- V.1, Entry 74, ARBITRARY POWER
- V.1, Entry 75, ARBITRATION
- V.1, Entry 76, ARCHONS
- V.1, Entry 77, AREOPAGUS.
- V.1, Entry 78, ARGENTINE CONFEDERATION
- V.1, Entry 79, ARISTOCRACY.
- V.1, Entry 80, ARISTOCRATIC AND DEMOCRATIC IDEAS.
- V.1, Entry 81, ARITHMETIC
- V.1, Entry 82, ARIZONA
- V.1, Entry 83, ARKANSAS
- V.1, Entry 84, ARMISTICE
- V.1, Entry 85, ARMIES
- V.1, Entry 86, ARMY
- V.1, Entry 87, ARTHUR
- V.1, Entry 88, ARTISANS
- V.1, Entry 89, ARYAN RACES.
- V.1, Entry 90, ASIA
- V.1, Entry 91, ASSEMBLY (IN U. S. HISTORY)
- V.1, Entry 92, ASSESSMENTS
- V.1, Entry 93, ASSIGNATS
- V.1, Entry 94, ASSOCIATION AND ASSOCIATIONS
- V.1, Entry 95, ASYLUM
- V.1, Entry 96, ATELIERS NATIONAUX
- V.1, Entry 97, ATTAINDER
- V.1, Entry 98, ATTORNEYS GENERAL
- V.1, Entry 99, AUSTRALIA
- V.1, Entry 100, AUSTRIA-HUNGARY
- V.1, Entry 101, AUTHORITY
- V.1, Entry 102, AUTHORS
- V.1, Entry 103, AUTOCRAT
- V.1, Entry 104, AUTONOMY.
- V.1, Entry 105, AYES AND NOES
- V.1, Entry 106, BADEN
- V.1, Entry 107, BALANCE OF POWER
- V.1, Entry 108, BALANCE OF TRADE
- V.1, Entry 109, BALLOT
- V.1, Entry 110, BANK CONTROVERSIES
- V.1, Entry 111, BANKING
- V.1, Entry 112, BANK NOTES.
- V.1, Entry 113, BANKRUPTCY.
- V.1, Entry 114, BANKRUPTCY, National.
- V.1, Entry 115, BANKS.
- V.1, Entry 116, BANKS, Functions of.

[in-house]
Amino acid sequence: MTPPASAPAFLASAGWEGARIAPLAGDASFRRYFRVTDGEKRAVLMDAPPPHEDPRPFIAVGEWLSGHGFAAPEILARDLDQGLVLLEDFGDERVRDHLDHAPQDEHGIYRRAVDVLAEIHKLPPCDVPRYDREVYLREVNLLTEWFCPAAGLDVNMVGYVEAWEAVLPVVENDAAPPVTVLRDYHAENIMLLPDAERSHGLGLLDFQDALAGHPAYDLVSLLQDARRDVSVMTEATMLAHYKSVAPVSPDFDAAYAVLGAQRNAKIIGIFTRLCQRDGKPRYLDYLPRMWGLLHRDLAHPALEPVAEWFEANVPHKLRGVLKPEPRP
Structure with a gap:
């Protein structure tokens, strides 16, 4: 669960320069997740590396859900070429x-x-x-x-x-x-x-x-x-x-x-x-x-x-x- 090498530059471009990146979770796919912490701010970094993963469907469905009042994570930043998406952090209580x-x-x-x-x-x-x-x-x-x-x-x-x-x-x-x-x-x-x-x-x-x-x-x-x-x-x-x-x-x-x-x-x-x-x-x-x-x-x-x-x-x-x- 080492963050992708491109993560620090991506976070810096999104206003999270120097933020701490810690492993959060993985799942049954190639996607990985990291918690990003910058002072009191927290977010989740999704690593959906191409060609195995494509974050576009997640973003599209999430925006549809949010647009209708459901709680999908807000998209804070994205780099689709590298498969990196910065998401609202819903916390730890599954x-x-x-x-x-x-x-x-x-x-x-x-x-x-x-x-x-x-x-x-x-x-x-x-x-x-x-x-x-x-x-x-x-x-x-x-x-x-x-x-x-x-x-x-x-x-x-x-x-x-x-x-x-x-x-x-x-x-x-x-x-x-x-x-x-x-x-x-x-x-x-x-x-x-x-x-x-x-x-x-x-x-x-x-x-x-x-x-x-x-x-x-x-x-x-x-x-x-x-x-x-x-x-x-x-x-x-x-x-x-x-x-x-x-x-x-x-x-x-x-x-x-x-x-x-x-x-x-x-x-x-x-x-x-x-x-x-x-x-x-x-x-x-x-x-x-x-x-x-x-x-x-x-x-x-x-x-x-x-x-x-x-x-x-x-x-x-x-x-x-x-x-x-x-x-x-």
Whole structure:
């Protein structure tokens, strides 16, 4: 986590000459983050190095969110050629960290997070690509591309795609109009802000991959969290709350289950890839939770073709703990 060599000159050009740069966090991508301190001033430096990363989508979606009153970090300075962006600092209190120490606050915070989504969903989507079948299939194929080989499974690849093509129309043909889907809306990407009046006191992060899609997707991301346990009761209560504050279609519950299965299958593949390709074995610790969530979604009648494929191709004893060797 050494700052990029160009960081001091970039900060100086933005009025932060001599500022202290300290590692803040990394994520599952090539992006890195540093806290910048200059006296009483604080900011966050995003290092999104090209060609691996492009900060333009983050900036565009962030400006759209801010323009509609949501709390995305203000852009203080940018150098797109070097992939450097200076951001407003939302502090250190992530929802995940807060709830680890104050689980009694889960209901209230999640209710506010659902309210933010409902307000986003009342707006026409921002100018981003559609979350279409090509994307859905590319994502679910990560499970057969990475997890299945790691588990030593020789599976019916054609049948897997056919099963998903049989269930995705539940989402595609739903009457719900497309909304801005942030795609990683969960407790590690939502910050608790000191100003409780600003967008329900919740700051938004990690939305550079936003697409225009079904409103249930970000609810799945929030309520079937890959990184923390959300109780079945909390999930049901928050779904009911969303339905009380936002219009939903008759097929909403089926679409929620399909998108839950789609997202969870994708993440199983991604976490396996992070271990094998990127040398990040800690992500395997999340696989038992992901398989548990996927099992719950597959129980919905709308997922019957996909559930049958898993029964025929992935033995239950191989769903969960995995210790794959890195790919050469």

- V.1, Entry 117, BANKS OF ISSUE
- V.1, Entry 118, BANKS, Advantages of Savings.
- V.1, Entry 119, BANKS, History and Management of Savings,
- V.1, Entry 120, BAR
- V.1, Entry 121, BARNBURNERS
- V.1, Entry 122, BARRICADE
- V.1, Entry 123, BARTER.
- V.1, Entry 124, BASTILLE
- V.1, Entry 125, BAVARIA
- V.1, Entry 126, BELGIUM
- V.1, Entry 127, BELL
- V.1, Entry 128, BELLIGERENTS
- V.1, Entry 129, BENTON
- V.1, Entry 130, BERLIN DECREE
- V.1, Entry 131, BILL
- V.1, Entry 132, BILL OF EXCHANGE
- V.1, Entry 133, BILL OF RIGHTS
- V.1, Entry 134, BILLION
- V.1, Entry 135, BILLS
- V.1, Entry 136, BI-METALLISM.
- V.1, Entry 137, BIRNEY
- V.1, Entry 138, BLACK COCKADE
- V.1, Entry 139, BLACK CODE.
- V.1, Entry 140, BLACK REPUBLICAN.
- V.1, Entry 141, BLAINE
- V.1, Entry 142, BLAIR
- V.1, Entry 143, BLOCKADE
- V.1, Entry 144, BLOODY BILL
- V.1, Entry 145, BLUE LAWS
- V.1, Entry 146, BLUE LIGHT
- V.1, Entry 147, BOARD OF TRADE.
- V.1, Entry 148, BOLIVIA
- V.1, Entry 149, BOOTY
- V.1, Entry 150, BORDER RUFFIANS